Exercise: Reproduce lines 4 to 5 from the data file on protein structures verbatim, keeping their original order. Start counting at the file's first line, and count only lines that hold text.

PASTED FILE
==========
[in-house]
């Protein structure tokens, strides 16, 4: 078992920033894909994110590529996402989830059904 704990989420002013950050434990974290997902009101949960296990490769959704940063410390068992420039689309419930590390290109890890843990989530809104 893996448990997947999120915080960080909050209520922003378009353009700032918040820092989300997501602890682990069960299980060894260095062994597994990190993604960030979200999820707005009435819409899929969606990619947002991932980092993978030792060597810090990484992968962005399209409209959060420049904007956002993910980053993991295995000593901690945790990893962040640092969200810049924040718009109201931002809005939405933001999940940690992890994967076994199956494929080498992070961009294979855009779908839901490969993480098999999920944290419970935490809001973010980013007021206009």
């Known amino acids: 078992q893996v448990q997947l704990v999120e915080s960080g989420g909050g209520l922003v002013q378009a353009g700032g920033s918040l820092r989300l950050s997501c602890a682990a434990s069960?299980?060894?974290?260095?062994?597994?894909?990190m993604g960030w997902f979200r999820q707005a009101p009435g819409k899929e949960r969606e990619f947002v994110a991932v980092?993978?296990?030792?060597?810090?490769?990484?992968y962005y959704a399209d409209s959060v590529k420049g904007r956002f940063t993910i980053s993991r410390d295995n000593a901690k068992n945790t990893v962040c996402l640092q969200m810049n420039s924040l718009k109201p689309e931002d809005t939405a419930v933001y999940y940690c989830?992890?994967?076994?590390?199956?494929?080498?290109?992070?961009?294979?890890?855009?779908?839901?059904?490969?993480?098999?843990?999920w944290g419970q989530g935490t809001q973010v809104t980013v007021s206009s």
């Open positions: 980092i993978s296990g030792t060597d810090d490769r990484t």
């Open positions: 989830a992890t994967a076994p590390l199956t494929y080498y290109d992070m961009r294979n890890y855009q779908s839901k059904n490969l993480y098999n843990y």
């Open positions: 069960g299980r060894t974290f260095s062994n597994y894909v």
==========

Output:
């Open positions: 980092i993978s296990g030792t060597d810090d490769r990484t």
């Open positions: 989830a992890t994967a076994p590390l199956t494929y080498y290109d992070m961009r294979n890890y855009q779908s839901k059904n490969l993480y098999n843990y």